Barnes is hoping for more people to move to HTTPS by limiting new browser features from becoming available over insecure HTTP, in the name of security. He wrote in a mailing list post, "In order to encourage web developers to move from HTTP to HTTPS, I would like to propose establishing a deprecation plan for HTTP without security. Broadly speaking, this plan would entail limiting new features to secure contexts, followed by gradually removing legacy features from insecure contexts. Having an overall program for HTTP deprecation makes a clear statement to the web community that the time for plaintext is over -- it tells the world that the new web uses HTTPS, so if you want to use new things, you need to provide security."
It’s been almost a year since the OpenSSL Heartbleed vulnerability, a flaw which started a trend of the branded vulnerability, changing the way security vulnerabilities affecting open-source software are being reported and perceived. Vulnerabilities are found and fixed all the time, and just because a vulnerability gets a name and a fancy logo doesn’t mean it is of real risk to users.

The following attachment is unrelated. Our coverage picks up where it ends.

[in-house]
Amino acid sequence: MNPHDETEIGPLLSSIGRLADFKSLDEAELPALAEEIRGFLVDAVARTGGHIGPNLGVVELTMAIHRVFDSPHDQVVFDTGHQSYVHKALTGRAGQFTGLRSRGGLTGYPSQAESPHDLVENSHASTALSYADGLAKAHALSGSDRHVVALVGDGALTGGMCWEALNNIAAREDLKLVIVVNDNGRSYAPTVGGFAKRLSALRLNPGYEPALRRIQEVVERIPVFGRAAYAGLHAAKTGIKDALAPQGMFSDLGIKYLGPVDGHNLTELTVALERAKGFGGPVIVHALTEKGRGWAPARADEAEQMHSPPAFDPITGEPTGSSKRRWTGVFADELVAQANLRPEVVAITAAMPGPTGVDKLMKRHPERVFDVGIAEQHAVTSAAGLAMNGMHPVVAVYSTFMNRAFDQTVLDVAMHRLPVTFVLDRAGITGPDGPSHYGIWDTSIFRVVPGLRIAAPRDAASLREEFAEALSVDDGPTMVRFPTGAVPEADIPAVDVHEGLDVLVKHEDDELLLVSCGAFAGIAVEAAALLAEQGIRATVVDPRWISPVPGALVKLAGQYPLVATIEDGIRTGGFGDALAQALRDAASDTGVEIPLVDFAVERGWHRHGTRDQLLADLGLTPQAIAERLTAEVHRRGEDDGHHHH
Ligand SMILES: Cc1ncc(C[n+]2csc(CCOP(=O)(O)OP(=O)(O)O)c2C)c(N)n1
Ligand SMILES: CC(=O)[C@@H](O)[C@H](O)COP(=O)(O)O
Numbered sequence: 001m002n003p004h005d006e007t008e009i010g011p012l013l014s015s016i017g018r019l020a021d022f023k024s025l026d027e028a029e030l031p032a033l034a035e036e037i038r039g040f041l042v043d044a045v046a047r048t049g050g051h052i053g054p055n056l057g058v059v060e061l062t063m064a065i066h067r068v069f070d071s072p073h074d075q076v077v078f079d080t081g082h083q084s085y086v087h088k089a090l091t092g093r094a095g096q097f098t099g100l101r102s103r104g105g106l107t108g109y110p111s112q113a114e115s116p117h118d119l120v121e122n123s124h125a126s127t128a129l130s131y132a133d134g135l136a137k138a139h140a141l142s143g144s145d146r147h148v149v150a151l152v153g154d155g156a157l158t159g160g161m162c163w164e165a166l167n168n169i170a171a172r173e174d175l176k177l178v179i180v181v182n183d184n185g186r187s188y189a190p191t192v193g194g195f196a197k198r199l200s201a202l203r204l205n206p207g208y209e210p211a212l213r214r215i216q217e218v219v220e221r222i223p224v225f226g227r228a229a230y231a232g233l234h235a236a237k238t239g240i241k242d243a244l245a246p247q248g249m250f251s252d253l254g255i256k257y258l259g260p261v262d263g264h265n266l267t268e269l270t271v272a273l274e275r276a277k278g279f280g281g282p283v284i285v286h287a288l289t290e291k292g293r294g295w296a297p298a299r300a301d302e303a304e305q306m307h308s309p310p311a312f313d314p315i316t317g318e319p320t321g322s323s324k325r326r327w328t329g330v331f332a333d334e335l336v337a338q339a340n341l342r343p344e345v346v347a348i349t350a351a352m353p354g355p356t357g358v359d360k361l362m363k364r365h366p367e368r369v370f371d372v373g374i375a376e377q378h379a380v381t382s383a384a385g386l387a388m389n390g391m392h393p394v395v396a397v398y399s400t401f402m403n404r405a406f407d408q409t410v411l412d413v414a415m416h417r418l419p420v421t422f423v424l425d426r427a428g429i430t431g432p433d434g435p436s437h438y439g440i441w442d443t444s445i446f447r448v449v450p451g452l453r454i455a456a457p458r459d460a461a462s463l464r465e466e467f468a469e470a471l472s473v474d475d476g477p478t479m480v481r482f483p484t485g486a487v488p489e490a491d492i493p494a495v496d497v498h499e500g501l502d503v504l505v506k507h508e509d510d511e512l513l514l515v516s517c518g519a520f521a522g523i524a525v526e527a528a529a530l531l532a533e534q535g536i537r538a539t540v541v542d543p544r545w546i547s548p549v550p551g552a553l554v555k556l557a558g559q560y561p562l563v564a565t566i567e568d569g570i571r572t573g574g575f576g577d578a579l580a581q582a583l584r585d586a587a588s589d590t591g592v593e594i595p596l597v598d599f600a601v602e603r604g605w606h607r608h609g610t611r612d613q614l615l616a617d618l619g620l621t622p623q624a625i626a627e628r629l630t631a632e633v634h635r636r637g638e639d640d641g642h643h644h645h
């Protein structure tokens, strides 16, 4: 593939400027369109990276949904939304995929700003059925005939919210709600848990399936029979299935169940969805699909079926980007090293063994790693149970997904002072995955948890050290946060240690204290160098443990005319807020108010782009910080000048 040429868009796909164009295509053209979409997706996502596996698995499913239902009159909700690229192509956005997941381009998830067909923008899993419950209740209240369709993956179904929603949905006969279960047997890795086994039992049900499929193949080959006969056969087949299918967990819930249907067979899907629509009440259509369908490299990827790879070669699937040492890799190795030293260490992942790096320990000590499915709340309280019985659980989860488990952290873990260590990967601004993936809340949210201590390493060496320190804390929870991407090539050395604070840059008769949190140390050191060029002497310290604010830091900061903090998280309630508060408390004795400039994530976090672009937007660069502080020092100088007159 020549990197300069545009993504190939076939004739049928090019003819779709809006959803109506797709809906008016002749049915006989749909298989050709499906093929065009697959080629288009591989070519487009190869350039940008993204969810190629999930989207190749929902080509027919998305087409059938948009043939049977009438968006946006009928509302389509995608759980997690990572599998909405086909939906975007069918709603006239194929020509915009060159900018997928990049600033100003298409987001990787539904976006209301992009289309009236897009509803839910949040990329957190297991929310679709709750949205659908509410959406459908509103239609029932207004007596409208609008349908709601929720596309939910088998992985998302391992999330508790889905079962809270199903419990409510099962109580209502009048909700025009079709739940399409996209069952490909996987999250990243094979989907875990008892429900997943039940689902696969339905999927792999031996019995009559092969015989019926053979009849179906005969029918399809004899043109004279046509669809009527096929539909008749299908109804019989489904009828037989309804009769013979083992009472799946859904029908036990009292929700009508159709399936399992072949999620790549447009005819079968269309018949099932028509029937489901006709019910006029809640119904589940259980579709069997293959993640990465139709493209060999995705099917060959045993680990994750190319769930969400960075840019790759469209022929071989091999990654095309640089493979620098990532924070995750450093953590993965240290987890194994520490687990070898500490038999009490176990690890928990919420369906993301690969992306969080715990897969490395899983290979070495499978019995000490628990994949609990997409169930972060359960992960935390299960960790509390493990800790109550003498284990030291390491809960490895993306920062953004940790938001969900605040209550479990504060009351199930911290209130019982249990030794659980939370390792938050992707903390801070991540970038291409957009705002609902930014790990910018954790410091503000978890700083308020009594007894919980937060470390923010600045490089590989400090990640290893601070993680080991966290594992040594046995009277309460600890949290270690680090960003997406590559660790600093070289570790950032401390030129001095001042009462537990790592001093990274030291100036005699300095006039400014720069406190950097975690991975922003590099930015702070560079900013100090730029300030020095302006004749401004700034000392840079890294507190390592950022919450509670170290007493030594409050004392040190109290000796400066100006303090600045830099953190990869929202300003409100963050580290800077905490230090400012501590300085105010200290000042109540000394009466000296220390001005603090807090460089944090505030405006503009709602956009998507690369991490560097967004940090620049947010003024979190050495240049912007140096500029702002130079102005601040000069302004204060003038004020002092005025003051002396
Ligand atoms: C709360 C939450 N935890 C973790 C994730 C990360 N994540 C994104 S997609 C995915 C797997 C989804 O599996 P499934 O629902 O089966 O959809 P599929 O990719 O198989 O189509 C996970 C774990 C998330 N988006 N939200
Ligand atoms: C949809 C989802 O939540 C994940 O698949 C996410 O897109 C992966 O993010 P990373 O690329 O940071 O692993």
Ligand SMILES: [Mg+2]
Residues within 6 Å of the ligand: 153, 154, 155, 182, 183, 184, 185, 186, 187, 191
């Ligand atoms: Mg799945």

Tor 0.2.6.7 Fixes Security Issues That Could Be Used by Attackers to Crash Hidden Services and ClientsSubmitted by Rianne Schestowitz on Tuesday 7th of April 2015 08:53:02 AM Filed under
In an email, Linux Australia revealed that its servers where compromised during the morning of 22 March. Over the course of a few hours, the organisation believes its databases containing conference information were dumped to an external source. A “currently unknown vulnerability” caused a buffer overflow that allowed the hacker to acquire root access.